Having talked up the women’s singles prospects of Caroline Wozniacki now it is time to talk down the men’s singles prospects of another fan of a British football team.
Wozniacki posts about her devotion to Liverpool on various social media channels whenever she has a smartphone rather than a racquet in her hand. Andy Murray does not log in to Facebook, Instagram or Twitter with the same regularity as Wozniacki but he does love Hibernian, which is fighting to get back into the Scottish Premiership. Murray leaves his mother, fellow Hibernian fan Judy, to dominate Twitter.
That is enough about football. One of the major questions in men’s singles tennis in 2015 is will Murray regain his place in the top four? One is not convinced that Murray will.
There is no argument that 2014 was an annus horribilis for Murray after Grand Slam men’s singles-winning year in 2012 and 2013. Murray reached the Australian Open quarter-finals but it was the first time since 2009 that he has not made it through to the last four at Melbourne Park. Murray equalled his French Open personal best by qualifying for his second semi-final at Roland Garros but he crashed out in the last eight of The Championships and the US Open, the two major events that he has won during his career. Murray, who chose to undergo back surgery not long before the season got under way, split from coach Ivan Lendl in March and hired Amelie Mauresmo following his French Open loss to Rafael Nadal.
Murray ended 2014 as the men’s singles world number six – below Novak Djokovic, Roger Federer, Stan Wawrinka and Kei Nishikori – but, worryingly for the Briton, he won just two of his 12 matches versus the other seven players who reached the ATP World Tour Finals. Most of Murray’s wins towards the end of the year were over relatively low-ranking players and his ATP World Tour Finals Group B campaign saw his lose 4-6 4-6 to Nishikori and, embarrassingly, 0-6 1-6 to Federer.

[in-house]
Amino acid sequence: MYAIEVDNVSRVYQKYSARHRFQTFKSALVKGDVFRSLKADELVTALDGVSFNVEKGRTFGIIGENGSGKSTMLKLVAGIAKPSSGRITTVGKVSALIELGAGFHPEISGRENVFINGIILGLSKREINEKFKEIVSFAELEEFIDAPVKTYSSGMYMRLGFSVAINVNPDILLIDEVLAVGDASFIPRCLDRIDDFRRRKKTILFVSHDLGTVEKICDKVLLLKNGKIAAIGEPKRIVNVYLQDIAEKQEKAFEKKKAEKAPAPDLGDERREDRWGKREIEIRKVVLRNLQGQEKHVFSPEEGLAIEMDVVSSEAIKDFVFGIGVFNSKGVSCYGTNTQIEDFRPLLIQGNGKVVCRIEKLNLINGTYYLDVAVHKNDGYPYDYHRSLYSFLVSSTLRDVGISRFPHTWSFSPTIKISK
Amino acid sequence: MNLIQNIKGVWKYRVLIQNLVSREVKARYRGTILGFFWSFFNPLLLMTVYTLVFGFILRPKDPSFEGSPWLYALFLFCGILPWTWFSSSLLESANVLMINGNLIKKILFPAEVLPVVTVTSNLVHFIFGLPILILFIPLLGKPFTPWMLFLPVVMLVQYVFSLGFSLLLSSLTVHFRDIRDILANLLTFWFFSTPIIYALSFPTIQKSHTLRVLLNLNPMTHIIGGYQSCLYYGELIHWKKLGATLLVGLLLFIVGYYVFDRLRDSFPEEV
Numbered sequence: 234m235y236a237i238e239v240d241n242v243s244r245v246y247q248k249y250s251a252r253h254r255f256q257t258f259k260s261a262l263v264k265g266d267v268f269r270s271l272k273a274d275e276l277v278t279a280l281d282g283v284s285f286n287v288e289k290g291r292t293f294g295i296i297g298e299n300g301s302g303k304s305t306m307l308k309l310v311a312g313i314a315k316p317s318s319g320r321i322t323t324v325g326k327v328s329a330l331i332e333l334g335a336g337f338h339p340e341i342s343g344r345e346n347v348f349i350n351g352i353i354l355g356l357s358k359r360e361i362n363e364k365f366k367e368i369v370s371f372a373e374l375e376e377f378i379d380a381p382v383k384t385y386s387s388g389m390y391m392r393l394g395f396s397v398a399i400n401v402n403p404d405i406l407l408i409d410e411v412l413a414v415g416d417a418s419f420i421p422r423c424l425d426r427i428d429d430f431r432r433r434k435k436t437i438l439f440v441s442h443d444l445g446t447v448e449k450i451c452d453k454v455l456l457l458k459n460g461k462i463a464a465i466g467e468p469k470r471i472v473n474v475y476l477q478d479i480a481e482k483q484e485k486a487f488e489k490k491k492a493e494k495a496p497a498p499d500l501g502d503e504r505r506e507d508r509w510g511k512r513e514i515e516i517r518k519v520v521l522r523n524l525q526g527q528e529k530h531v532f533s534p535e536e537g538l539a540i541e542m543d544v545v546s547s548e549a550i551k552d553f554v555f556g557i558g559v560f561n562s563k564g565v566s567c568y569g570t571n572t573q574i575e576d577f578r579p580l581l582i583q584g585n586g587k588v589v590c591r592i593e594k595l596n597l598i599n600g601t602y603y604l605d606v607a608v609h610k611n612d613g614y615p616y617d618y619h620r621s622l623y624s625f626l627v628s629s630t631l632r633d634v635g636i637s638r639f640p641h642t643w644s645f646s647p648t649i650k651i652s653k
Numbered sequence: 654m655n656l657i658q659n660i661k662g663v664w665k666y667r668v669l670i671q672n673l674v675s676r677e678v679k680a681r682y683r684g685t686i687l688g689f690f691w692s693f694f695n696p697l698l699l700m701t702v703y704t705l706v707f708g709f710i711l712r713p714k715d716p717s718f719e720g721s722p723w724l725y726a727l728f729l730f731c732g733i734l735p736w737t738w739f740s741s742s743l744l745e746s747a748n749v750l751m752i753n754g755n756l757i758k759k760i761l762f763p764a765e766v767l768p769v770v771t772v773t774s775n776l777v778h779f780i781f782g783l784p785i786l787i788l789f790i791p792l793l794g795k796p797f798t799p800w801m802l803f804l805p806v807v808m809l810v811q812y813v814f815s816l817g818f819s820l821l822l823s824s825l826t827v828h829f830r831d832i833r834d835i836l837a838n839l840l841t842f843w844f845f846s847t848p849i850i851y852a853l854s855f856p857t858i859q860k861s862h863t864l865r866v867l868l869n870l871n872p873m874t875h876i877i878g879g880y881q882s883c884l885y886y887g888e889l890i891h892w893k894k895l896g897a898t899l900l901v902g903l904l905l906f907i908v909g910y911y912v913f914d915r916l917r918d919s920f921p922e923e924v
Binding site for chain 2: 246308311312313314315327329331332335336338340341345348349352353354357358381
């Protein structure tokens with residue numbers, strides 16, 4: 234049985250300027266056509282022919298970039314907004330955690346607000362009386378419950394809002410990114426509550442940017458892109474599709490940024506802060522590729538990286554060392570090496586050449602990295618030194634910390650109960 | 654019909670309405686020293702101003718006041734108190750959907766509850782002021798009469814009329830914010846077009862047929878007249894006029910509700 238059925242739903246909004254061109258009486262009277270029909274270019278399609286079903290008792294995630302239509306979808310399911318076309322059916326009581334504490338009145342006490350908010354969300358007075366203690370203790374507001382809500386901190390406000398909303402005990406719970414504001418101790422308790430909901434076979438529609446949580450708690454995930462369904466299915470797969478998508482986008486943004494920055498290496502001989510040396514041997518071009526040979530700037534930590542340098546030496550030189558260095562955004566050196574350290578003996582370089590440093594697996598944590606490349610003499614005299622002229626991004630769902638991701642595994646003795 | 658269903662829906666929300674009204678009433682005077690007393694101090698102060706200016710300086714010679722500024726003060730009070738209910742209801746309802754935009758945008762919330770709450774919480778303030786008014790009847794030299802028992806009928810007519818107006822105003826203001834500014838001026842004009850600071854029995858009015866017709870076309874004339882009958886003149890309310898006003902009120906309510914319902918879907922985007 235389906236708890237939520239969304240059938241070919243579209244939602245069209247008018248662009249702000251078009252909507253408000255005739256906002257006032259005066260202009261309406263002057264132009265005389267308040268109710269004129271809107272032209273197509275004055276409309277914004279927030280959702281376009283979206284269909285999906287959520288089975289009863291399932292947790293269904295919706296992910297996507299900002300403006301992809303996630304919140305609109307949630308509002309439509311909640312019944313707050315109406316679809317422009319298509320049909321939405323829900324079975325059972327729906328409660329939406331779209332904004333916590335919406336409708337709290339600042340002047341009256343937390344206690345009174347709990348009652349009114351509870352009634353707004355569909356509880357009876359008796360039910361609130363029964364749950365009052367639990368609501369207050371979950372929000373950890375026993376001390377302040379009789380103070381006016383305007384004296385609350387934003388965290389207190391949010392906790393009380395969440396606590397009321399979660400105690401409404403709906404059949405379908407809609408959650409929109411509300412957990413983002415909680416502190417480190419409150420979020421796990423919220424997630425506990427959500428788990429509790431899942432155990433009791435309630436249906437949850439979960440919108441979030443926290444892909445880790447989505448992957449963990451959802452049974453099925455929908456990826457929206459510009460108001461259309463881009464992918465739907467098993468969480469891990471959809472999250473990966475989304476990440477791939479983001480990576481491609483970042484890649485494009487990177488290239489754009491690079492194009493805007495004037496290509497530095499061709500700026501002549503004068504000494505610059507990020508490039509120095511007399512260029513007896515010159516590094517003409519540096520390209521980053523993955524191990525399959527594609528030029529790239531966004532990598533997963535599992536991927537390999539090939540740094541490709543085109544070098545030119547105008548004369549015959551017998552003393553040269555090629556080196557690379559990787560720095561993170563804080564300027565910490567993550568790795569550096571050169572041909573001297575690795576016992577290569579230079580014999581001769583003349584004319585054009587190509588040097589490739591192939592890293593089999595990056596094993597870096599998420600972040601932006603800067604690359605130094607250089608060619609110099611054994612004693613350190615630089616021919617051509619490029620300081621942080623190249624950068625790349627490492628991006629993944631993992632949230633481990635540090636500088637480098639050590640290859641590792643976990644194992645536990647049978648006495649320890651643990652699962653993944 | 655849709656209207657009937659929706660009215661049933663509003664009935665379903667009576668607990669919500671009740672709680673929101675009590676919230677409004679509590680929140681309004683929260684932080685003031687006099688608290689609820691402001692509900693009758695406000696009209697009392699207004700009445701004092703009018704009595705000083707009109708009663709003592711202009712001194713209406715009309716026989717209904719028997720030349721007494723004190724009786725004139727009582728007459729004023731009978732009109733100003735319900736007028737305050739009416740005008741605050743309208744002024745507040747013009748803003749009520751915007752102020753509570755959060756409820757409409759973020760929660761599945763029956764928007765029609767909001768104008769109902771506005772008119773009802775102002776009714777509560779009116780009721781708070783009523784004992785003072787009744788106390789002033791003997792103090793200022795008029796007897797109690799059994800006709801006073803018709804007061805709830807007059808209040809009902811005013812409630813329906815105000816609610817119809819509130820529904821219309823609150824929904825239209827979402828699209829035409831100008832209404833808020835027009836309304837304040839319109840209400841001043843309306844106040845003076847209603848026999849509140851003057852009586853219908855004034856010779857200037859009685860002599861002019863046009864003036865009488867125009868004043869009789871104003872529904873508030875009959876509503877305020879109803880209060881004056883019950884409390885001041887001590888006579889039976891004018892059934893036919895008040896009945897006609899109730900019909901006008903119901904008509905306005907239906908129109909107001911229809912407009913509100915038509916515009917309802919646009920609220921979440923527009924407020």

One thinks that Murray is more likely to flop than fly in 2015, with his second serve being the weakest of the major championship contenders and his off-court team missing the guile of Lendl and a couple other former lieutenants. Lendl did not big note himself before, during or after his spell on Team Murray but one is not alone in thinking that he transformed the Briton from a loser into a winner.
Opposing Murray is how one wants to approach the 2015 men’s singles season from a punting perspective. Bet365 and Coral are offering odds of -189 that Murray does not win one of the four Grand Slam titles, while Paddy Power is listing odds of +100 that he finishes the year ranked fifth or lower. Both of those anti-Murray betting options appeal.
With regards to 2015 men’s singles season match bets, Sky Bet has paired Murray with Nishikori and installed the Briton as its odds-on favourite. Nishikori has a reputation for being brittle but there were signs towards the end of last year that the Japanese was overcoming his back issues, plus he managed to rank fifth in 2014 – one place higher than Murray – despite missing a fair chunk of the program.
Therefore, if one wants to bet against Murray in 2015 men’s singles action at odds greater than even money, Nishikori to end the year ranked higher than the Briton at odds of +150 with Sky Bet is an avenue down which one may like to go.
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